Fishing Friday on Fleek!
Teen Leaders Teach a New Generation of Alaskan Anglers
What does it take to become a fisherman?
On a beautiful Friday afternoon, sixteen Kodiak kids took to the Buskin River to find out. Small hands held rods and reels and made their first cast into waters with the hope of catching a salmon or Dolly Varden.
Kodiak is a fishing town, and salmon are the lifeblood of this Alaskan island and wildlife refuge. The annual summer salmon return from ocean to river sustains both people and wildlife throughout the year, and attracts sport-fishing enthusiasts from around the world.
For kids growing up here, though, a first-time fishing experience isn’t always right out the back door. Young conservation leaders in the community are looking to change that. This July, the Kodiak Refuge Youth Conservation Corps (YCC) developed and led the Refuge’s first ever “Fishing Friday,” an environmental education event for community youth who have had little to no opportunity to go out fishing.
“The event idea came from the need to diversify and increase access to environmental education in the Kodiak community,” said Kyla Villaroya, 2018 YCC crew leader, who grew up in Kodiak and now attends D’Youville College. She sees the service-learning focus of YCC as an opportunity for her crew to reach beyond the established audience of youth enrolled in the Refuge’s popular Salmon Science Camp: “we can broaden our community identity of environmental science learners and outdoor enthusiasts. We are trying to engage more people with their natural resources.”
Over the past three years, the Youth Conservation Corps has worked on projects that bring elements of Salmon Camp to new and diverse young nature lovers. In 2016, Education Specialist Shelly Lawson saw the outreach potential at the local school district’s free summer lunch program, and the first “Pop-Up Salmon Camp” led by YCC members engaged more than 100 youth in an afternoon.
“Some children don’t have rides to come to our programs, and also may not have their own fishing gear,” Lawson observed. “We were trying to find a way to bring our programs to youth where they are — and the lunch program was the ideal location with 100–300 children congregating there every day for lunch.”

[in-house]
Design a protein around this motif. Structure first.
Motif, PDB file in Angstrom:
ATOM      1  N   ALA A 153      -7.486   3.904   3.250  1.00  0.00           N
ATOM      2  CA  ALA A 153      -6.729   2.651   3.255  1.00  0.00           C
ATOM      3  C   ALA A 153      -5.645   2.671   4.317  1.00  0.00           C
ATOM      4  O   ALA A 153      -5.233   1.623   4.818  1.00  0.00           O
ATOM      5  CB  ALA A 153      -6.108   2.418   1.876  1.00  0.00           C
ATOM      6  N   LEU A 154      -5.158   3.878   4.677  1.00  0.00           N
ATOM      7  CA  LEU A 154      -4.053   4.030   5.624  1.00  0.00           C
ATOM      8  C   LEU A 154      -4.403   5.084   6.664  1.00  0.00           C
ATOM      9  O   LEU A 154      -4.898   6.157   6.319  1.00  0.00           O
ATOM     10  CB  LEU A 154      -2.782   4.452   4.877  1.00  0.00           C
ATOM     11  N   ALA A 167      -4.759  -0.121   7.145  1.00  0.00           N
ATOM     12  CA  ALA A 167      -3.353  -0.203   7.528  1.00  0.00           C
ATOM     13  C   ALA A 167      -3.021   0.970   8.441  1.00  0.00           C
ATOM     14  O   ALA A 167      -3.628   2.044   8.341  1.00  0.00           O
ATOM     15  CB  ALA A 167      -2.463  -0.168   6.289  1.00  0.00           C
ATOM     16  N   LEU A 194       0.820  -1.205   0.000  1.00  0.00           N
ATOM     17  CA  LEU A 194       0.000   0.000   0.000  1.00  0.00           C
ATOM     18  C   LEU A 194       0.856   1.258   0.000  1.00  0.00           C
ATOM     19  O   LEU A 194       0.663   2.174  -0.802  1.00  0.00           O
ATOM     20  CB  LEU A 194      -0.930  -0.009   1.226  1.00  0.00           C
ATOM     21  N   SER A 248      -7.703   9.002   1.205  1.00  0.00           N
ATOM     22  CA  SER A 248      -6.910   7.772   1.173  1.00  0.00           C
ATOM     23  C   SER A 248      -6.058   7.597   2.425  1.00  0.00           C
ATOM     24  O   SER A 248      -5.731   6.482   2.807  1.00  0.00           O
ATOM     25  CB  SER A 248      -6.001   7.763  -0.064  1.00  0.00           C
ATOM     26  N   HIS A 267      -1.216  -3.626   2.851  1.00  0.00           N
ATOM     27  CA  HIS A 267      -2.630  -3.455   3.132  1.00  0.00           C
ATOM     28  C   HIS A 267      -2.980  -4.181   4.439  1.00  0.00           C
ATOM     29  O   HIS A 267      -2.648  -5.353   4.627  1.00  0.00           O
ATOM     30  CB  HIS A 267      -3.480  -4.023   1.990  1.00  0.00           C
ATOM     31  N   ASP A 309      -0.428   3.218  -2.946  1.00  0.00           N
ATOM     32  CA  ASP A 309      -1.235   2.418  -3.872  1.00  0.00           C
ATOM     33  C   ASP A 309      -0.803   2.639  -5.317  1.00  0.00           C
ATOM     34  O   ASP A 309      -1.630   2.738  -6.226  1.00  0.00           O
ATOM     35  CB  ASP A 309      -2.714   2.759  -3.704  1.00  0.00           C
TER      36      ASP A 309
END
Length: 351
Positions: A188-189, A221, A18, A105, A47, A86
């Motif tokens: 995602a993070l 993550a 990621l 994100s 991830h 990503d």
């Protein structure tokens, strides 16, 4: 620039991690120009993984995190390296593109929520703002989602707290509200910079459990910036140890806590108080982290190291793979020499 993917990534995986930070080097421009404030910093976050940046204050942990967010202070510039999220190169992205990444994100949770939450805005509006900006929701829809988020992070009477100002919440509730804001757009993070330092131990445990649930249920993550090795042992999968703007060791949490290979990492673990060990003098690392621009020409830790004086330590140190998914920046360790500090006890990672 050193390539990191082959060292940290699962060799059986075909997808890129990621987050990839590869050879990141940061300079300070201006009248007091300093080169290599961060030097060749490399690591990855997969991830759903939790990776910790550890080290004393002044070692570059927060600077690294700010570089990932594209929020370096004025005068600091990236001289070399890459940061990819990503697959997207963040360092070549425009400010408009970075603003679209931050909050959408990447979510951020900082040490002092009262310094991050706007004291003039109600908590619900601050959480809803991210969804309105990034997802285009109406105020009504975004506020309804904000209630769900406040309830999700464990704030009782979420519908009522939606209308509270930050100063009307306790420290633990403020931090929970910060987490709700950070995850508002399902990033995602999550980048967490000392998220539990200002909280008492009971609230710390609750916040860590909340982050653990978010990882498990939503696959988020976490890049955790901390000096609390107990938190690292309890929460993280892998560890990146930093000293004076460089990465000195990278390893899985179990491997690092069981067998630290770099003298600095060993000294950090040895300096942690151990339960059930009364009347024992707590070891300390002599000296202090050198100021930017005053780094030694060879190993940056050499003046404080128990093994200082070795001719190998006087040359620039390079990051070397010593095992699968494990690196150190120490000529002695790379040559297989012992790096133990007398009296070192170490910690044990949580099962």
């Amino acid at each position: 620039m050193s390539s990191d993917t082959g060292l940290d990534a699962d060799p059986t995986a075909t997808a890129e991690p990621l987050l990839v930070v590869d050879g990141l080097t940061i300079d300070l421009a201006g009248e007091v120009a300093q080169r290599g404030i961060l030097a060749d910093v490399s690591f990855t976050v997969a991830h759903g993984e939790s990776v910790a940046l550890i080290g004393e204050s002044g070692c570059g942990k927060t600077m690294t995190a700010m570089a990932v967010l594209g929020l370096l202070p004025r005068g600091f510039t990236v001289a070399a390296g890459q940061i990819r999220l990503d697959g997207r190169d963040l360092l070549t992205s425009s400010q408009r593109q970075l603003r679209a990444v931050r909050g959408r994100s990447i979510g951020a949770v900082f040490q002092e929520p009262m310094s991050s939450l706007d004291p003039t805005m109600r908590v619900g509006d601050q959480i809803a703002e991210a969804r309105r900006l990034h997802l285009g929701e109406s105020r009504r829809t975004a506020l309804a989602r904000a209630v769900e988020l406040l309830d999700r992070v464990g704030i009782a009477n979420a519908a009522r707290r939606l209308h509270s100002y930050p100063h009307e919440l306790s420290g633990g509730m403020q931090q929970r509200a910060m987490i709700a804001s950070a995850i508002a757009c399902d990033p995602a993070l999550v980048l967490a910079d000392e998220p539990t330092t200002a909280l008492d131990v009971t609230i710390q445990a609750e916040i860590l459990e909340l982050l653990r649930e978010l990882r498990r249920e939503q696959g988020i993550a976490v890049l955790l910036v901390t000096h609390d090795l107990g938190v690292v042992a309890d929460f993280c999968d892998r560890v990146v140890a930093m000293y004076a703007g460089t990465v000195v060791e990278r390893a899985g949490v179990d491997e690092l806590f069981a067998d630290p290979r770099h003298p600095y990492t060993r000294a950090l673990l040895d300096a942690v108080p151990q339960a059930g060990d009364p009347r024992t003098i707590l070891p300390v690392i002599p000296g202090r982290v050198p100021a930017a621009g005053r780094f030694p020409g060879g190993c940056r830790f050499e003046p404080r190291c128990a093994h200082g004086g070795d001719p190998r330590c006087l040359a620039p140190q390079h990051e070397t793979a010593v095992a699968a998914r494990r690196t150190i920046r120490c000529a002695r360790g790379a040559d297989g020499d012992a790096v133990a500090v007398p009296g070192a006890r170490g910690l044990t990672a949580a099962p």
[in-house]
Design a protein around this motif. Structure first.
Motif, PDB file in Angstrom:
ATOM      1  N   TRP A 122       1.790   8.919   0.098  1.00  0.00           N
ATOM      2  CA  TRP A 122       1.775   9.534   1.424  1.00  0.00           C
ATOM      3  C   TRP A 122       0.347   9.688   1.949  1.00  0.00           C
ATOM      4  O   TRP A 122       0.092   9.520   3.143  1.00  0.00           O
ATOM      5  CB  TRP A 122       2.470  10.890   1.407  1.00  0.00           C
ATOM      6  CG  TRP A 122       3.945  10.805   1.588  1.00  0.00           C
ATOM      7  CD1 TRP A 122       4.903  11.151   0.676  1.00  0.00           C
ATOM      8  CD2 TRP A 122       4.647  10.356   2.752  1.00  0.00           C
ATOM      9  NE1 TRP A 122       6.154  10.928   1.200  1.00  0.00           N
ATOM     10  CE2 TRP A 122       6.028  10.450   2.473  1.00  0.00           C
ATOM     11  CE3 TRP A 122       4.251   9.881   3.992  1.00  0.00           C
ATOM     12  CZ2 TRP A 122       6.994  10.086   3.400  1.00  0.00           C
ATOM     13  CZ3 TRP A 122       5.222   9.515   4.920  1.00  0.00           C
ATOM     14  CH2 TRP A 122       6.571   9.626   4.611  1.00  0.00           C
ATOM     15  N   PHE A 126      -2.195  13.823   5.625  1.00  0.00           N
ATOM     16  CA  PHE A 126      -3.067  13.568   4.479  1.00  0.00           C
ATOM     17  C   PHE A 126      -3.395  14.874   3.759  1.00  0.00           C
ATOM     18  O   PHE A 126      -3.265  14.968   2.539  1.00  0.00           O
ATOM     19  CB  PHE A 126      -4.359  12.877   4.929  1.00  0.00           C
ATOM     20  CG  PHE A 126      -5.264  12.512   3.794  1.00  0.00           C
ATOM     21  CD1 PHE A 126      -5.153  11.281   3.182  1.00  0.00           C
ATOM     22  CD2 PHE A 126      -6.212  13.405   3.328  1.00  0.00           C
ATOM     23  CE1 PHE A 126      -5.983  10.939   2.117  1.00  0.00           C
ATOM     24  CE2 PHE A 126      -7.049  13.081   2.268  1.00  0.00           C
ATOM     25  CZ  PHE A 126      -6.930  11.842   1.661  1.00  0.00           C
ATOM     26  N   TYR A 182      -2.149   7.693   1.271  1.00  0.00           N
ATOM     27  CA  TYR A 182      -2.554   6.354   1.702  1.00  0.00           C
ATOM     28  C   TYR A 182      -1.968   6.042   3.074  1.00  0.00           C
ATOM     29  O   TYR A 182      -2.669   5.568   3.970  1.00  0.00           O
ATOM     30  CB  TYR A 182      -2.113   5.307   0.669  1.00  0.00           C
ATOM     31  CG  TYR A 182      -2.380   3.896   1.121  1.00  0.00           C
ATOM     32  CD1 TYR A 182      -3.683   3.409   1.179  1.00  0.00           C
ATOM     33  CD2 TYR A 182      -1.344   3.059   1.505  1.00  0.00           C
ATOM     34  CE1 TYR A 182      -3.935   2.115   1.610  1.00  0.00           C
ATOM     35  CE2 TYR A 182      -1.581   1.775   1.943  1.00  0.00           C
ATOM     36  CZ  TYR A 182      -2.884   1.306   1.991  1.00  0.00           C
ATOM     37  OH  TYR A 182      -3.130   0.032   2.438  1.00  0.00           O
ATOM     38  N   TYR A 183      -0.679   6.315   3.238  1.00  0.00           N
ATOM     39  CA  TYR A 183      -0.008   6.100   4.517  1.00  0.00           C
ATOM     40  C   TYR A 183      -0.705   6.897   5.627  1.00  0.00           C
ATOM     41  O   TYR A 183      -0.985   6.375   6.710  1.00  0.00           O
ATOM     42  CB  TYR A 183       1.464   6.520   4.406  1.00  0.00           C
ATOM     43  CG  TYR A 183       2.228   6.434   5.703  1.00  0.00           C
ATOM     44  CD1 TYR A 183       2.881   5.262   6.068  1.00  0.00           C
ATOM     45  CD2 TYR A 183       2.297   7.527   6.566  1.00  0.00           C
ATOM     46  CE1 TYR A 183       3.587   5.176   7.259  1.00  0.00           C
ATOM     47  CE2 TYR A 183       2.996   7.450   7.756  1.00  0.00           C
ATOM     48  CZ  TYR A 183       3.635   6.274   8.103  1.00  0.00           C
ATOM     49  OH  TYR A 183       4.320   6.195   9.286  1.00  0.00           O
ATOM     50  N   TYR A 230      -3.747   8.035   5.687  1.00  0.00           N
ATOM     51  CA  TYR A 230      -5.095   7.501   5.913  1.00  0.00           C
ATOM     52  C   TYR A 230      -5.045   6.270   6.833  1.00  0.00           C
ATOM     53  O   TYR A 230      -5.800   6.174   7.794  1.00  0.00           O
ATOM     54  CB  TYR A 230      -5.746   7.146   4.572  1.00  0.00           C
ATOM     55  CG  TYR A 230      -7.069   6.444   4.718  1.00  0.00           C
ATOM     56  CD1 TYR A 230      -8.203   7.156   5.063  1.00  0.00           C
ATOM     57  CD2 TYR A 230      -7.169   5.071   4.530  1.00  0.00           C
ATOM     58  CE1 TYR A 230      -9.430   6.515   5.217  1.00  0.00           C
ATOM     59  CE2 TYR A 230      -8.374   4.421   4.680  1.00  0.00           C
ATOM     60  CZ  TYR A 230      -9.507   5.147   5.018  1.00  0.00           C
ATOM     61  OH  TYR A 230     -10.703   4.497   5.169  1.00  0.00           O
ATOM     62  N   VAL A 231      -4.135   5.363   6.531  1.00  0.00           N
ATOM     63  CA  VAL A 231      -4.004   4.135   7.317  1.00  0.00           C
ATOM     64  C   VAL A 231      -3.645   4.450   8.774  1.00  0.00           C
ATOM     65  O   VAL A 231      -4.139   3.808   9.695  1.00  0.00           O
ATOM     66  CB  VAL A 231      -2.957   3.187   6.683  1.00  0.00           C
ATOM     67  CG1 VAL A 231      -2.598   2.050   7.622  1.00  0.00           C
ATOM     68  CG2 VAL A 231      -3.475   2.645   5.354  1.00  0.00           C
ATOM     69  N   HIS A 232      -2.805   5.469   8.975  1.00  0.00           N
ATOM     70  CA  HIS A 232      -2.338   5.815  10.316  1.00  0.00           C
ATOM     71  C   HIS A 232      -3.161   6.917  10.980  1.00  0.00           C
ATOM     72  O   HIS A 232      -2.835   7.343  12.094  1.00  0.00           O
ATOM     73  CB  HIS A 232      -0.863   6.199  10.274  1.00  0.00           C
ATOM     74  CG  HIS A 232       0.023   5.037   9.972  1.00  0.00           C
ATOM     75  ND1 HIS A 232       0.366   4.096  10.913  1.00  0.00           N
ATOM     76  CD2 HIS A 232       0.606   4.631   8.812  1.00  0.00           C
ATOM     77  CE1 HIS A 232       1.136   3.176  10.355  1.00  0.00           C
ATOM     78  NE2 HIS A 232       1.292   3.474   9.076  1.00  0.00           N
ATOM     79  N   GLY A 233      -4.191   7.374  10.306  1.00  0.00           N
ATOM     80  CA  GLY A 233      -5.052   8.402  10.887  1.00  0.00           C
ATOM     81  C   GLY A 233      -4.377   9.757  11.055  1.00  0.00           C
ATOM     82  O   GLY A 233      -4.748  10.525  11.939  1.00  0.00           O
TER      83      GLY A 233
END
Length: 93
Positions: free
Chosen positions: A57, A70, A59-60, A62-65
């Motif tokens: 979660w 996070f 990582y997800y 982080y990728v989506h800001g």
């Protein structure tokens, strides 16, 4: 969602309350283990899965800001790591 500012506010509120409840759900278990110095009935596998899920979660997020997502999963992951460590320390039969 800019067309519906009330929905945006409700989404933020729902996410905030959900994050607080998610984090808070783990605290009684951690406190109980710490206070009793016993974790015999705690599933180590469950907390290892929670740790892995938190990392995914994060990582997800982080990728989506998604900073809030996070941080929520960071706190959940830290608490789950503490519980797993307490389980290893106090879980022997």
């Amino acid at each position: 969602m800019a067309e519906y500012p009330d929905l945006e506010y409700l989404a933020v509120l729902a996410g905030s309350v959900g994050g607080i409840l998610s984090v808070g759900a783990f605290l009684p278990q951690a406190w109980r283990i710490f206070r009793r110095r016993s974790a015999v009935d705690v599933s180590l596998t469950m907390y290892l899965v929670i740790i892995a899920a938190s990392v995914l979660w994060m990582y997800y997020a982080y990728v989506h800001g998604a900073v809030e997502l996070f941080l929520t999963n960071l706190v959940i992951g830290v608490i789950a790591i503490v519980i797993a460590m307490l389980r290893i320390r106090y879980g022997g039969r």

Building on the wild success of the pop-up camp, the crew this year decided to add one of the most popular elements of Salmon Camp: fishing day. They again reached out to the lunch program participants and provided transportation to the river, a free fishing lesson, snacks, and all the gear needed. They also brought in additional help, including visiting young adults from the Arctic Youth Ambassador Program.
The result? A forest of fishing rods and a swarm of kids ages 5–14 descended onto the gravel banks of Kodiak city’s closest salmon river, accompanied by a crew of teens ready to get their feet wet in environmental education. With enthusiasm, they explored the natural habitat of hopeful anglers and played outdoor games until it was their turn with a rod and line.
“Some had never been fishing before, never used the gear, so they learned how to cast their rod,” Villaroya said. “They also put their patience to the test, and experienced how much waiting a fisherman has to do. They learned about how fishing can promote camaraderie; by the end of the day some of the kids who were supposed to be playing games came over to suggest prime spots that their fishing friends should cast in.”
For some of the teens, teaching a group of hopeful fishers was also a learning experience. The Youth Conservation Corps program at Kodiak Refuge is a chance for high school students to explore various careers in conservation available at the Refuge — everything from maintenance to field biology to environmental education. They learn as they work, building skills and confidence along the way.
Villaroya recalls her first summer as an YCC crew member in high school, as she looked for career possibilities in her home town. “Growing up, I always treasured the environment and wanted to break into outdoor and environmental education, so this program was the perfect opportunity. The novelty of that job made such an impact on me — I would do it all over again if I could! And so I did, as a crew leader.”
Learning new skills in the outdoors and sharing that knowledge with others is a hallmark of the Kodiak YCC summer. For Villaroya, “Fishing Friday” exemplified the process of discovery and teamwork that has kept her coming back as a program lead. “My favorite part was at the end when everyone- participants and leaders- reflected on how it went. To the kids especially, it was such a novel experience, and they came away knowing they could learn something new very well. Self-efficacy ON FLEEEEEK.”*
*(“On fleek” is a youth term for “on point.” Thanks for keeping us up to date, Kyla!)
Story contributed by Lisa Hupp, Outreach Specialist at Kodiak National Wildlife Refuge.
In Alaska we are shared stewards of world renowned natural resources and our nation’s last true wild places. Our hope is that each generation has the opportunity to live with, live from, discover and enjoy the wildness of this awe-inspiring land and the people who love and depend on it.